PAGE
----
Finally healthy, Segui hopes start to season is open-ended

Veteran looking forward to being in opening lineup

March 30, 2004|By Roch Kubatko | Roch Kubatko,SUN STAFF

FORT LAUDERDALE, Fla. - The Orioles' chartered bus returned from Fort Myers yesterday with David Segui still in one piece. He didn't step in a divot near first base or play a grounder off his thumb. His left wrist is sore - there's always pain in Segui's world - but he can play.

As Opening Night approaches, it's becoming more evident that he will play.

Only four more exhibition games separate Segui from the active roster, four more games to at least tug, if not completely rip, the warning label of fragility that's practically sewn into his uniform since he signed a four-year, $28 million contract in December 2000.

"I'm feeling fine," he said. "The wrist hurts a little on some days, but that's all right."

When manager Lee Mazzilli broke out a lineup Saturday night that might have passed for the opener model, Segui batted seventh as the designated hitter against the Florida Marlins' Josh Beckett. He could be doing the same against Boston's Pedro Martinez when the games begin to count.

All he has to do is stay healthy.

Segui has been limited to 175 of the Orioles' 485 games since he rejoined the organization as a free agent. The most recent crisis involved a second surgery in two years to repair a damaged tendon in his left wrist, which concluded a year that began with the broken thumb - the result of a batting practice accident on March 12 in Fort Myers.

After going 2-for-4 and hitting his first spring training homer yesterday against the Boston Red Sox, Segui is 13-for-49 (.265) with four RBIs. He still looks smooth at first base and certainly capable of giving Rafael Palmeiro an occasional rest, but he's also been briefly shut down twice because of swelling in the wrist and stiffness that extends to his forearm.

"I'm confident that I can play first at a high level," he said.

"I'm very comfortable with him there," Mazzilli said. "He's always been a good defensive player. The question is, is anyone 100 percent when you play this game? That's the true makings of a player, the guys who are not 100 percent but are playing."

That's the only way Segui can get on the field. It has been so long since he has felt 100 percent, he wouldn't recognize the symptoms.

"I still enjoy doing this," he said. "The game starts; there's nothing like it. It's the best, being out there and competing. But the time it takes me to get my body ready to perform at that level ... "

With so few left-handers in the division, Segui shouldn't be forced to bat from the right side with any regularity. And that's good, considering his left hand is only half as strong as the right, and he can't release it after making contact when it's on the bottom of the bat.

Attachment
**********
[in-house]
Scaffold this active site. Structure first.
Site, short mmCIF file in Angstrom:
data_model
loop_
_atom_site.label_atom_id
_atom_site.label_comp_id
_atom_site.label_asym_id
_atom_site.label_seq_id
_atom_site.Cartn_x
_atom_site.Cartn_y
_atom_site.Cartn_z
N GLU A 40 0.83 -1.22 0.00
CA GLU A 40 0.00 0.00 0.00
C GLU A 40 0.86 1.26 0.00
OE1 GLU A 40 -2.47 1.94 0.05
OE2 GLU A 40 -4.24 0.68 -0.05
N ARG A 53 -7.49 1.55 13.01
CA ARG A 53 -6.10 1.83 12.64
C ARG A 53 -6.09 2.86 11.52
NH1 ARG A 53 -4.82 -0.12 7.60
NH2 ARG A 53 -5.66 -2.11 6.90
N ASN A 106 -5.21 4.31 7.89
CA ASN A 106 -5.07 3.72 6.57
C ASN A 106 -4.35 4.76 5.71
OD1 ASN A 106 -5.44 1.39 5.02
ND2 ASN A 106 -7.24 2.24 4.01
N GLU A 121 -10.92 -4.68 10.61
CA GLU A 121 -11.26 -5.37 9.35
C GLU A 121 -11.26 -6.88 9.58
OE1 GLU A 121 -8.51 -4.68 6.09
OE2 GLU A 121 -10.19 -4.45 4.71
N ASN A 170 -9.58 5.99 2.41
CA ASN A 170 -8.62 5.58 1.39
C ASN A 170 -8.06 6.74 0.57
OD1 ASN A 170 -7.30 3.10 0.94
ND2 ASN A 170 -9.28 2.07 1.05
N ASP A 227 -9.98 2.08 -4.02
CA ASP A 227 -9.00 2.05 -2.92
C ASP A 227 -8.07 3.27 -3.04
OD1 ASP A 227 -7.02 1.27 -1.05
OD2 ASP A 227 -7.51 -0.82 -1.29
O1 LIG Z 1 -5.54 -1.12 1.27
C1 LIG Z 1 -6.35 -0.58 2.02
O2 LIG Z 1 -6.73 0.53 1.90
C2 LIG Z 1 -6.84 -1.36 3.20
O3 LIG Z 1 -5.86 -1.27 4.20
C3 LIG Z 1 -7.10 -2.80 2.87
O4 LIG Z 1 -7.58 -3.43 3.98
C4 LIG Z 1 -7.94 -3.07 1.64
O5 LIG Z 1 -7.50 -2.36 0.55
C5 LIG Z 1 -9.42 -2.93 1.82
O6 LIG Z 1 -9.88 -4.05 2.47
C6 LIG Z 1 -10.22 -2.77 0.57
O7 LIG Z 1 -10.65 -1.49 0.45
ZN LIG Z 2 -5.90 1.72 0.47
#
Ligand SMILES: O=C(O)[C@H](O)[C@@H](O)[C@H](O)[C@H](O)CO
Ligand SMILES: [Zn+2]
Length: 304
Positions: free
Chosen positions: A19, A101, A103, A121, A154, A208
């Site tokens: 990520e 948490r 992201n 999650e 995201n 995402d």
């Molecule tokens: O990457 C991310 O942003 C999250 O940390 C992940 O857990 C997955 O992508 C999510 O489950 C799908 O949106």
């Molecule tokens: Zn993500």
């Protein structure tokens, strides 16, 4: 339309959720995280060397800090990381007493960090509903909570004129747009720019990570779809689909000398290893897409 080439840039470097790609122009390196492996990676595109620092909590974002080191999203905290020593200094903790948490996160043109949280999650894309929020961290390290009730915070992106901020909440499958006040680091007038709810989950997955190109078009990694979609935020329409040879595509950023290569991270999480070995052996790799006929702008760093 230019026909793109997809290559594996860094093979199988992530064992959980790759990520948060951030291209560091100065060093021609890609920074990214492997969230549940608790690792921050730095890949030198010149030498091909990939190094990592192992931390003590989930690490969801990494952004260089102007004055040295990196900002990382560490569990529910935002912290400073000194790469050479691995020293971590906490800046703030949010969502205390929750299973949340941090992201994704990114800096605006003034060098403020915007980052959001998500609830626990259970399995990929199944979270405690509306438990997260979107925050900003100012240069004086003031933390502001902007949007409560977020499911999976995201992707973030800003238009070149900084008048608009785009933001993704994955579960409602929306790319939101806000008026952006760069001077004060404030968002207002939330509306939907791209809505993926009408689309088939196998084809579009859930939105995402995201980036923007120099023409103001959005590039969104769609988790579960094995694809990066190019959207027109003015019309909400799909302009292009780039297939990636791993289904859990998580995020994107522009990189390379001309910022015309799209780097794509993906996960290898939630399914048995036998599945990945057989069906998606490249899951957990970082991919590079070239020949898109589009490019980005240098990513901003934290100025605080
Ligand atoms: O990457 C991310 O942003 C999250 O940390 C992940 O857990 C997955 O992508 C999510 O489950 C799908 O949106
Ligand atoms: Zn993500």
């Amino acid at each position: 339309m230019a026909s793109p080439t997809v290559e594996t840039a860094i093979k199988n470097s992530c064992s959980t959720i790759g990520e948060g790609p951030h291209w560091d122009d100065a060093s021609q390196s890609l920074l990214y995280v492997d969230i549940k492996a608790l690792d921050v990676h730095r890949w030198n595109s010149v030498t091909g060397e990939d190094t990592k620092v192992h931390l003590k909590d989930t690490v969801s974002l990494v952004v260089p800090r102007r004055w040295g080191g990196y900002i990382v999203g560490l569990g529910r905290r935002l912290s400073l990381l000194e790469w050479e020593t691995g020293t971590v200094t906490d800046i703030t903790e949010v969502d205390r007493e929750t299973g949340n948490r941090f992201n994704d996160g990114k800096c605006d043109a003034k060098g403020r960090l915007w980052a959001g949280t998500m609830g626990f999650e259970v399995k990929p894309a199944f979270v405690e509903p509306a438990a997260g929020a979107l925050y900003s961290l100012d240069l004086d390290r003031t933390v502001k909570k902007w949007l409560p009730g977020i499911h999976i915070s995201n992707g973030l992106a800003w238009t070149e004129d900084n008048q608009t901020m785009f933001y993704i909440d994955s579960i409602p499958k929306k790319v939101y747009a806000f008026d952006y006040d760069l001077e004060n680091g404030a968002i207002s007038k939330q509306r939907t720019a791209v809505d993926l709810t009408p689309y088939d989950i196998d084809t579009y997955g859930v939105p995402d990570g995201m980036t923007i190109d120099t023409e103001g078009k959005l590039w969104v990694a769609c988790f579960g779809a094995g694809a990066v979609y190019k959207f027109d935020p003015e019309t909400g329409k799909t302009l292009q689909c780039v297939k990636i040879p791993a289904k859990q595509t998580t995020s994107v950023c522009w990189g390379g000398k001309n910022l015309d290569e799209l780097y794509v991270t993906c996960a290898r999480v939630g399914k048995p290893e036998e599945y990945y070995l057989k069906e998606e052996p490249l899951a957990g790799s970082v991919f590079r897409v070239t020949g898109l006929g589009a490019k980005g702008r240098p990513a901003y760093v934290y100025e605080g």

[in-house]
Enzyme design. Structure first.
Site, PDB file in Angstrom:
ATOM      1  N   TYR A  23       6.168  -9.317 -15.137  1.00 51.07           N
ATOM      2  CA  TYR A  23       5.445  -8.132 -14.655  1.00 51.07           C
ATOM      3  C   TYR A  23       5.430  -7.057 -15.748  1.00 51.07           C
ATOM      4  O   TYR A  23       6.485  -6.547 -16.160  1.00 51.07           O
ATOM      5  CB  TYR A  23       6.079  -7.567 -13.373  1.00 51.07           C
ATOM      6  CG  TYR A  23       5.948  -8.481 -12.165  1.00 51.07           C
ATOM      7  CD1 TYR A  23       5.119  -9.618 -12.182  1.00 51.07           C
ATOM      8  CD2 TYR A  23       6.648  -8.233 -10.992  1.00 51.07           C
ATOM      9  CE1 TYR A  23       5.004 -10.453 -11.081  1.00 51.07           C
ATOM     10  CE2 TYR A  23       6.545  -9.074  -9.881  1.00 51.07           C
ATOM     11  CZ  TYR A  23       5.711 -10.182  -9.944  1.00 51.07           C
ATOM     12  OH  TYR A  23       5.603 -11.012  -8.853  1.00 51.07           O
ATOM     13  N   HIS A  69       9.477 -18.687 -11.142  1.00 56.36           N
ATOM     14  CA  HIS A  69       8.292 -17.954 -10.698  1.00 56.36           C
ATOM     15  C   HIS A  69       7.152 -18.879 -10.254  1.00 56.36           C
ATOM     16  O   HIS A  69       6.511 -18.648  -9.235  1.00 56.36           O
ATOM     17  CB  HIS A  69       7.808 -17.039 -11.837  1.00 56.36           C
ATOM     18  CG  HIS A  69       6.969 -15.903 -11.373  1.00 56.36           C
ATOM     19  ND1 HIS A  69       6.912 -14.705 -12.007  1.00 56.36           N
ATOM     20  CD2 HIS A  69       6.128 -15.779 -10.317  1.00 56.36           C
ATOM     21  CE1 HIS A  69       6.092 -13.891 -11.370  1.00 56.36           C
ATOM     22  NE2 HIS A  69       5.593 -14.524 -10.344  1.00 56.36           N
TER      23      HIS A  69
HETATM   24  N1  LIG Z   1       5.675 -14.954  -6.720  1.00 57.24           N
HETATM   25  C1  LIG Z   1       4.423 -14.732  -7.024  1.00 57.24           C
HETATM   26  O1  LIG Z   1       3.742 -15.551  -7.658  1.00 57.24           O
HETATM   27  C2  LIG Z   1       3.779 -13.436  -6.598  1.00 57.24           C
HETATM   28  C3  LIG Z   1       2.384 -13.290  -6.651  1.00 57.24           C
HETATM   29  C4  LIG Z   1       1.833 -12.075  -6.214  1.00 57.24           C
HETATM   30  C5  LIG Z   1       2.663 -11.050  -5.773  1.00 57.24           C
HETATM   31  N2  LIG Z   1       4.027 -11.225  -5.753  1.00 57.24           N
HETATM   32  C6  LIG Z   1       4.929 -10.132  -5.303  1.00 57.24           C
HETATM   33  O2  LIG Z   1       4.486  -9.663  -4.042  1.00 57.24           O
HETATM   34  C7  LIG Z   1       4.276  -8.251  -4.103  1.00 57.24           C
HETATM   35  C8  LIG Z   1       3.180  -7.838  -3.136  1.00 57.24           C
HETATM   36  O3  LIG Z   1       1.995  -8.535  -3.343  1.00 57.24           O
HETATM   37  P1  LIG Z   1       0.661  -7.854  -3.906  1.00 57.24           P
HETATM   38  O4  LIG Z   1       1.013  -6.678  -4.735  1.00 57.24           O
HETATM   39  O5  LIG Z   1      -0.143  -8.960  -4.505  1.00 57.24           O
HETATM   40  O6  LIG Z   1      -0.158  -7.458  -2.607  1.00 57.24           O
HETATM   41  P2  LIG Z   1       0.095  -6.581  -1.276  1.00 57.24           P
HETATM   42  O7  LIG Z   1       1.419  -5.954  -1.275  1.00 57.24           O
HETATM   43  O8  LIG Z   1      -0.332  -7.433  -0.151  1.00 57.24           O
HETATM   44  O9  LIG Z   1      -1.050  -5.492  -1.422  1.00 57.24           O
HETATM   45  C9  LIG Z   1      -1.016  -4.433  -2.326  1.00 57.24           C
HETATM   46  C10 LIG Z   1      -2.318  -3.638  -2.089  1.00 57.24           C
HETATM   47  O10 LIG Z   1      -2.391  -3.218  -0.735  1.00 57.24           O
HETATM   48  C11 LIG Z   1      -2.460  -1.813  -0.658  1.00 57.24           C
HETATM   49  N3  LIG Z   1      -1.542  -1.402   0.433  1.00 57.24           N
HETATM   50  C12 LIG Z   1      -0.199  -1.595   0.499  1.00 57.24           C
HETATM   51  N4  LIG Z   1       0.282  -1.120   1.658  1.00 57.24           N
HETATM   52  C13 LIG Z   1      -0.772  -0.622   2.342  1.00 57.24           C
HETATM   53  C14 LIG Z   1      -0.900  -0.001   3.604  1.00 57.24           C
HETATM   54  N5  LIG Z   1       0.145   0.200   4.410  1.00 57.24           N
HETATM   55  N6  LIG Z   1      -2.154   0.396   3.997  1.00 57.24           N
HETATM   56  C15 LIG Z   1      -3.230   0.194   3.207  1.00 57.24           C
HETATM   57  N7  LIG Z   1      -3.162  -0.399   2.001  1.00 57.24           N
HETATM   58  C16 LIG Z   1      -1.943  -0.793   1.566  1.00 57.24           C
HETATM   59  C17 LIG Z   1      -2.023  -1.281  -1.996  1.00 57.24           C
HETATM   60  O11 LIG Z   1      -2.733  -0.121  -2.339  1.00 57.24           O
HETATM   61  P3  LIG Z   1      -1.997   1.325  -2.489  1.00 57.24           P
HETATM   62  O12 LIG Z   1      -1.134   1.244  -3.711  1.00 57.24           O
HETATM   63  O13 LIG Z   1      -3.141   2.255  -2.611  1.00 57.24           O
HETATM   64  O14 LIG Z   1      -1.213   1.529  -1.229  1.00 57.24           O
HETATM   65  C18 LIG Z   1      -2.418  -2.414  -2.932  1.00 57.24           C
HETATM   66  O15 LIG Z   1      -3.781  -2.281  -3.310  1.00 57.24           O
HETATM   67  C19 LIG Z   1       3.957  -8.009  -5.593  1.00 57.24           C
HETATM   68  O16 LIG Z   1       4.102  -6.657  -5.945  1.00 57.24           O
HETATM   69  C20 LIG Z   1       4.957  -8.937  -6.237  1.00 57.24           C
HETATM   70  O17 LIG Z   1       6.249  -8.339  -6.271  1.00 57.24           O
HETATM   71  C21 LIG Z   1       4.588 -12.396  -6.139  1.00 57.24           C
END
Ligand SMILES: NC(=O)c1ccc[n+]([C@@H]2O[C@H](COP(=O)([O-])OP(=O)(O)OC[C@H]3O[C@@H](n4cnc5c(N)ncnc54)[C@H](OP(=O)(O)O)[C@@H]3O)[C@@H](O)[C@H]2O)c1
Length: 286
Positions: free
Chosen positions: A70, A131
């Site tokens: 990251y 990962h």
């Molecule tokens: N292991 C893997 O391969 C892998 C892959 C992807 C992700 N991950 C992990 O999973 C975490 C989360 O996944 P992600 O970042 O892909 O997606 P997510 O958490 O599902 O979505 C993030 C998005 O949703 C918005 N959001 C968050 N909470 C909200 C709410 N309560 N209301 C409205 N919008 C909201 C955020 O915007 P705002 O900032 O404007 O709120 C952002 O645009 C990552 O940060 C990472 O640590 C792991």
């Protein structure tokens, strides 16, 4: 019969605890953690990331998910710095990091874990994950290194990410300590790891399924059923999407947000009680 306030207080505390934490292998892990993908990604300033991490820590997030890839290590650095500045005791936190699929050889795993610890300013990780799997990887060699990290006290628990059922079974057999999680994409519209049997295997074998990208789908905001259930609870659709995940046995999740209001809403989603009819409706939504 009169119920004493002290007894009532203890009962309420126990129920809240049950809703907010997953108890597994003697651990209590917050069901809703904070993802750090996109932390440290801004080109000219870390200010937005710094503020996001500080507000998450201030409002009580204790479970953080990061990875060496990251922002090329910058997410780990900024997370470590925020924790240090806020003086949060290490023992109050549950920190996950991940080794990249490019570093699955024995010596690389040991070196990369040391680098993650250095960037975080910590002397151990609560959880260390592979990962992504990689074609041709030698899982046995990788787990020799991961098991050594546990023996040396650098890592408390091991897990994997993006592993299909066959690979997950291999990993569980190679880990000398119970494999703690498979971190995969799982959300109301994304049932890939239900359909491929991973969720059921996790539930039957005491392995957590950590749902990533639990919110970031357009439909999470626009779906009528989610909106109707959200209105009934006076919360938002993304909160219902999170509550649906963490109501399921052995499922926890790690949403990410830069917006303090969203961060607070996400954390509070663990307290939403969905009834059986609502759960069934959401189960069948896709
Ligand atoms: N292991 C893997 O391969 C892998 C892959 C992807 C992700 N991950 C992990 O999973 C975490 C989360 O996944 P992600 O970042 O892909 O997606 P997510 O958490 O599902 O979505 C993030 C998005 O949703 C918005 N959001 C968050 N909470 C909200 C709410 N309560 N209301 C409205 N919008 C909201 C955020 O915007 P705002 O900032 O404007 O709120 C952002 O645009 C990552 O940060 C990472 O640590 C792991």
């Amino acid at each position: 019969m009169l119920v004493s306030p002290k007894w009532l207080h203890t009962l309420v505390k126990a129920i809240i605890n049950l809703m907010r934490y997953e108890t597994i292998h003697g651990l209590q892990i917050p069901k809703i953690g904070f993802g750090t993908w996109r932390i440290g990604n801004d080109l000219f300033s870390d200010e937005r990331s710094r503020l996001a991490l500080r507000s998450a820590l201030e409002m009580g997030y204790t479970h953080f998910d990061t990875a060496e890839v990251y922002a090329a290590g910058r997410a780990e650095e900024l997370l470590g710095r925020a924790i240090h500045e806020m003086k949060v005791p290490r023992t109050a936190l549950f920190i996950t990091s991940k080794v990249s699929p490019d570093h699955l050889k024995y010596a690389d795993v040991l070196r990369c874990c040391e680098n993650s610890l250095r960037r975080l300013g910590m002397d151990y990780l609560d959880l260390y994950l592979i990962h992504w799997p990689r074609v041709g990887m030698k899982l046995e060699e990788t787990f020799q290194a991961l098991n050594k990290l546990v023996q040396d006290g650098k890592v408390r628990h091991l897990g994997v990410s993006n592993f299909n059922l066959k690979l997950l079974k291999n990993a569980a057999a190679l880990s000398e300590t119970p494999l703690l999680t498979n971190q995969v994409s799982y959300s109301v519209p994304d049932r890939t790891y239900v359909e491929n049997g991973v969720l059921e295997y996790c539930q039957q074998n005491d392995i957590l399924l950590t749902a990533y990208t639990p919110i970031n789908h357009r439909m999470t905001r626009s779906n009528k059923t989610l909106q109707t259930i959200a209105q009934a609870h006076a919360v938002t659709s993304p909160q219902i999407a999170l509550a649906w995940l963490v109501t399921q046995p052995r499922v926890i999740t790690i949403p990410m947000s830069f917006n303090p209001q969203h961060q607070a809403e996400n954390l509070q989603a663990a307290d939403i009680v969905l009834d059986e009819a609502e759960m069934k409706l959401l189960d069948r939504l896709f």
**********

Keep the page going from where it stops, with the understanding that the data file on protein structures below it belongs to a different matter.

Segui homered from the left side yesterday and lined out to left in the ninth inning while batting right-handed.

"He's swinging better left-handed right now than he is right-handed," Mazzilli said. "I just think watching him that he feels more comfortable. That has to do with any switch-hitter. You always feel more comfortable on one side than the other. It's hard to maintain both sides equally all the time, so you go to your strength. We'll see how it goes."

With Marty Cordova headed to the disabled list, it's not like Mazzilli has a host of right-handed options at DH. B.J. Surhoff and Jack Cust are left-handed hitters. Javy Lopez will be used in that role to increase his at-bats, which tempts Mazzilli to carry a third catcher.

The roster composition changes if Segui, 37, is available and dependable. With the team so close to breaking camp, he must feel as though he's tempting fate every time he slides hard into second base, leans into a pitch or chases a foul ball to the railing. But he presses on, convinced that this spring will be different.

"I feel good that it's getting to the point where I can definitely play," he said. "You sit around all winter waiting for it to heal up and you're hoping it'll be fine, but you don't really know where it's going to be. To be this far along, I'm really pleased."

Segui mostly batted third last season before his final game on July 25, but he doesn't mind tumbling down the lineup while Miguel Tejada, Palmeiro and Lopez constitute its heart. As long as he's in it.

"I hit wherever they put me," he said. "I've never been one to [complain] about where they put me. I've hit ninth, I've hit eighth, I've hit third and fourth. It doesn't matter. This season, I'll have a chance to drive in a lot of runs in that spot."

Opportunities are becoming more scarce for a player who's prepared to retire after the season. Segui wants to spend more time with his two children, who live in Kansas City, and said he'll most likely hang up his spikes no matter how 2004 treats him.

"Nothing's ever definite," he said, "but this will probably be it."

Segui began last season with the first of his three stops on the disabled list. He didn't want to participate in the Opening Day ceremonies, which only reminded him of all he was missing. Four more exhibition games, and he can jog down the orange carpet for the April 4 introductions, on knees that no longer have cartilage, but in a better frame of mind.

"To be healthy for the start of the season is something you usually take for granted," he said, a bat gripped in both hands, "but I'm definitely not doing that."

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